Yet frankly owns that I'm a man of parts.

RIDDLE CXXIV.
CATO and Chloe, combined well together,
Make a drink not amiss in very cold weather.

RIDDLE CXXV.
ALTHOUGH you boast, through ages dark,
Your pedigree from Noah's ark,
Painted on parchment nice;
I'm older still, for I was there:
And before that I did appear
With Eve in Paradise.

For I was Adam-Adam I;
And I was Eve-and Eve was I,
In spite of wind and weather:
But, mark me, Adam was not I,
Neither was mistress Adam I,
Unlesss they were together.

Suppose, then, Eve and Adam talking-
With all my heart!-But if they're walking,






HOME AMUSEMENTS.


There ends all simile;
For though I've tongue, and often talk,
And though I've legs, yet when I walk
It puts an end to me.

Not such an end but that I've breath,
Therefore to'such a kind of death
I make but small objection;
For soon I come again in view,
And, though a Christian, yet 'tis true,
I die by resurrection.



RIDDLE CXXVI.
A LTHOUGH a human shape I wear,
Mother I never had;
And though no sense nor life I share,
In finest silks I'm clad.
By every miss I'm valued much,
Beloved and highly prized;
Yet still my cruel fate is such,
By boys I am despised.






RIDDLES.


RIDDLE CXXVII.
"[IRECT or reverse, you may read me, ye fair,-
The one way a number, the other a snare.

RIDDLE CXXVIII.
WX E are so like in form and feature,
That all must think us twins by nature;
When in high life by chance we move,
Not Hebe nor the Queen of Love
With us in smoothness can compare,
Nor boast complexion half so fair.
To concerts, balls, and routs we go;
Are seen at every brilliant show,
We mingle with the jocund throng,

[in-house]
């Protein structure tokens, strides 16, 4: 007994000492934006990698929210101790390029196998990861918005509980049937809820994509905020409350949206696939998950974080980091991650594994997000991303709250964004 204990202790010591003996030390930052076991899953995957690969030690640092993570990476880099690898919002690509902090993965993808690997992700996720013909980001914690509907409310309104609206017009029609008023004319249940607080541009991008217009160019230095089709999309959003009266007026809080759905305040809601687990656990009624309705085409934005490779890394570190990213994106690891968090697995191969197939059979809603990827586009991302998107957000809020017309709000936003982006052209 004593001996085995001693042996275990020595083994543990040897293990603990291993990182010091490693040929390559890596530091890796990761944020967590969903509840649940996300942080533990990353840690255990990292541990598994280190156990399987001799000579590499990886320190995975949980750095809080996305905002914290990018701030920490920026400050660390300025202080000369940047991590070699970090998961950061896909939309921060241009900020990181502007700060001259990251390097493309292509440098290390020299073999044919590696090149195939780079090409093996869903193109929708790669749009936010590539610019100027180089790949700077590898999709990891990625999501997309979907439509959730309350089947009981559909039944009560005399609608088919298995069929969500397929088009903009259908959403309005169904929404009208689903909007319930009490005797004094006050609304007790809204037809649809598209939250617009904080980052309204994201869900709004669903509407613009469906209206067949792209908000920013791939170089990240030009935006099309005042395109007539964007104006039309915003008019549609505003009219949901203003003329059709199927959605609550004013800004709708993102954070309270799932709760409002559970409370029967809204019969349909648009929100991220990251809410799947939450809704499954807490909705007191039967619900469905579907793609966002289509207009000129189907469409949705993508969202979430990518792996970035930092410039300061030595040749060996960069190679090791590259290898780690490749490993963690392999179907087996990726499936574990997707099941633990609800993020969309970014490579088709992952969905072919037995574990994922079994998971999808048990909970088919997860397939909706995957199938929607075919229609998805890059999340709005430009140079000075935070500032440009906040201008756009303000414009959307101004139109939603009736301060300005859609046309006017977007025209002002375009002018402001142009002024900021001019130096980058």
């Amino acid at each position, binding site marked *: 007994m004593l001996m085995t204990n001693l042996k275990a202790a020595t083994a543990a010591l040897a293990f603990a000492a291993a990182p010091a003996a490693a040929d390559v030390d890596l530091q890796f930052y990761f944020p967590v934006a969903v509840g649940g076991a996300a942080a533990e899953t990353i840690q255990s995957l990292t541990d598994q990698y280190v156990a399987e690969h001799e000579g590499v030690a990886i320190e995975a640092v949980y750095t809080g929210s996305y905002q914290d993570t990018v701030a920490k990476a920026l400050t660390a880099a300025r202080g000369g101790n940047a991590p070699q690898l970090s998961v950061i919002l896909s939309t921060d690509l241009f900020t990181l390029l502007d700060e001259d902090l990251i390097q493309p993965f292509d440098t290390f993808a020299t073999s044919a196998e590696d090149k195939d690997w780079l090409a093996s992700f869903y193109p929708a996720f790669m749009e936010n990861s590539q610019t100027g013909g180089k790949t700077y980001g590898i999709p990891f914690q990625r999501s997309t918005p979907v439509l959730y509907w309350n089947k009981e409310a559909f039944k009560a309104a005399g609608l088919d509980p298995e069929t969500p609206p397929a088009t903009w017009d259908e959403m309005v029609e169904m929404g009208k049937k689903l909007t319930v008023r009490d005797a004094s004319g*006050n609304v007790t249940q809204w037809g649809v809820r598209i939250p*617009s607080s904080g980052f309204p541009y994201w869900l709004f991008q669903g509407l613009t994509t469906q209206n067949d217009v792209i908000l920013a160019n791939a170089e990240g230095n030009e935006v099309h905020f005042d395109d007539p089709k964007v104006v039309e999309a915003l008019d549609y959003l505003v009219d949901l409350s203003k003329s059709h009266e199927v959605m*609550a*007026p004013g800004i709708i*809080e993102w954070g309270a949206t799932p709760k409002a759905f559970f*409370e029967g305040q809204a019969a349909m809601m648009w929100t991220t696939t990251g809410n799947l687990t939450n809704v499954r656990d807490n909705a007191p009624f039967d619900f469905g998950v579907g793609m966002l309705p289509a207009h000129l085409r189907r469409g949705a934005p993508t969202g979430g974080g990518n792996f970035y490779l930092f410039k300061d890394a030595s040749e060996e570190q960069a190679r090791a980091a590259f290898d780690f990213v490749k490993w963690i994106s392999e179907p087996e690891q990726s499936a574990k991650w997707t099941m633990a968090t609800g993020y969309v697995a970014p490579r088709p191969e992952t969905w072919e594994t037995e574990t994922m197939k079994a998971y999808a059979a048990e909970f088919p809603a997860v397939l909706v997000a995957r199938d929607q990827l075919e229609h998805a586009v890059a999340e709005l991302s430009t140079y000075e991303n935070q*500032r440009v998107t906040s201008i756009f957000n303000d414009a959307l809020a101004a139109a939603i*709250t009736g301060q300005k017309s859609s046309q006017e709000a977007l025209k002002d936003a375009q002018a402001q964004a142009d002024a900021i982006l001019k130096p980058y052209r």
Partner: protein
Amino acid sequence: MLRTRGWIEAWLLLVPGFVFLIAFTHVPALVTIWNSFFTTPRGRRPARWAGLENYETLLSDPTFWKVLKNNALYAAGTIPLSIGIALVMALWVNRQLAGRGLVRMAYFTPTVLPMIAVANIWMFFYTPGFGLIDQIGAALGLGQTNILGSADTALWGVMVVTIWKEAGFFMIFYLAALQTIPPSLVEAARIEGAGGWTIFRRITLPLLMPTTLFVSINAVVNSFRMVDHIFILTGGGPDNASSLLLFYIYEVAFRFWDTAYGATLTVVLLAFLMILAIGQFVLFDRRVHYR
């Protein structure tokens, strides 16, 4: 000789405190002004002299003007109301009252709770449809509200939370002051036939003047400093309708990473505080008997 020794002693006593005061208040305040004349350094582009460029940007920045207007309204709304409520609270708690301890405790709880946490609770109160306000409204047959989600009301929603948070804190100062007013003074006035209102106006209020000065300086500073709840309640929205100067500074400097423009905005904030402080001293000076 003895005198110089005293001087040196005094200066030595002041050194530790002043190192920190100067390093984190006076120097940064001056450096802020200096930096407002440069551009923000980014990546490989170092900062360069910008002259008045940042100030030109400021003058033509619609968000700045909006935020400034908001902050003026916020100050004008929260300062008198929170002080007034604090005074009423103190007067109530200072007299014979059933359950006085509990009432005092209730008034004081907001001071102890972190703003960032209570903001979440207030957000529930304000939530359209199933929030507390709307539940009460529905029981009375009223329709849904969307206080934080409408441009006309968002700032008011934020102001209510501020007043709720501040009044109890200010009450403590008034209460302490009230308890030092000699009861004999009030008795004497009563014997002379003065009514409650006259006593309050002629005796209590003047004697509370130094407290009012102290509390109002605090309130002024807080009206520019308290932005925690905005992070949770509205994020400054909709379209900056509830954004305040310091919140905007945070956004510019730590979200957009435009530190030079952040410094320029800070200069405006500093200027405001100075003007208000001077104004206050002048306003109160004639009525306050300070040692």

Who lead the sprightly dance along.
But grief to joy must now succeed,
And we, attired in sable weed,
The solemn funeral attend
Of the lost father or the friend;
But as insensible as they
Who form'd the pomp in long array,
When all our services are o'er,
And we, grown old, can please no more,






HOME AMUSEMENTS.


We both partake one common lot,
Neglected first, and then forgot.


RIDDLE CXXIX.
MVY riddle is bright: though I boast of no rays,
I still have a power to enlighten:
In one instant you'll find me extinguish a blaze,
Which in the next moment I brighten.
Though I live quite alone, yet I'm called a pair;
Then how can I only be one?
Develop this myst'ry, ye quicksighted fair,
For now with description I've done.


RIDDLE CXXX.
J AM coeval with man, and was burdened with a
numerous family, most of them rude and unpo-
lished, except two fair daughters, who were the delight
of the world. But their barbarous cousins, envious of
their perfections, reduced them nearly to their own
level; and since that time, the fairest of my descend-
ants bear but an imperfect resemblance to their graces.





RIDDLES.


RIDDLE CXXXI.
THOUGH learning hath fed me, I know not a letter;
I live among books, yet am never the better;
Each muse I digest, yet I know not a line:
What student I am, I beg you'll divine.

RIDDLE CXXXII.
T HOUGH unknown to all senses, except to the sight,
Yet existence I claim by excluding the light.


RIDDLE CXXXIII.
AJDAM my parent was,-'tis very true,
And yet, what's strange, I always am with you;
With insects, birds, and beasts-indeed, what not?
What's more, my use is telling what is what.

RIDDLE CXXXIV.
T HERE was a man who was not born,
His father was not before him;
He did not live, lie did not die,
And his epitaph is not o'er him.






HOME AMUSEMENTS.


RIDDLE CXXXV.
AT once to describe my name and my race,
I often attend on the king in the chase;
I also can find 'tis equally pleasant
To wait on a 'squire, or even a peasant;
But when I conceit myself most highly bless'd,
Is when by a lady I'm fondly, caress'd:
Yet many a child seems to take a delight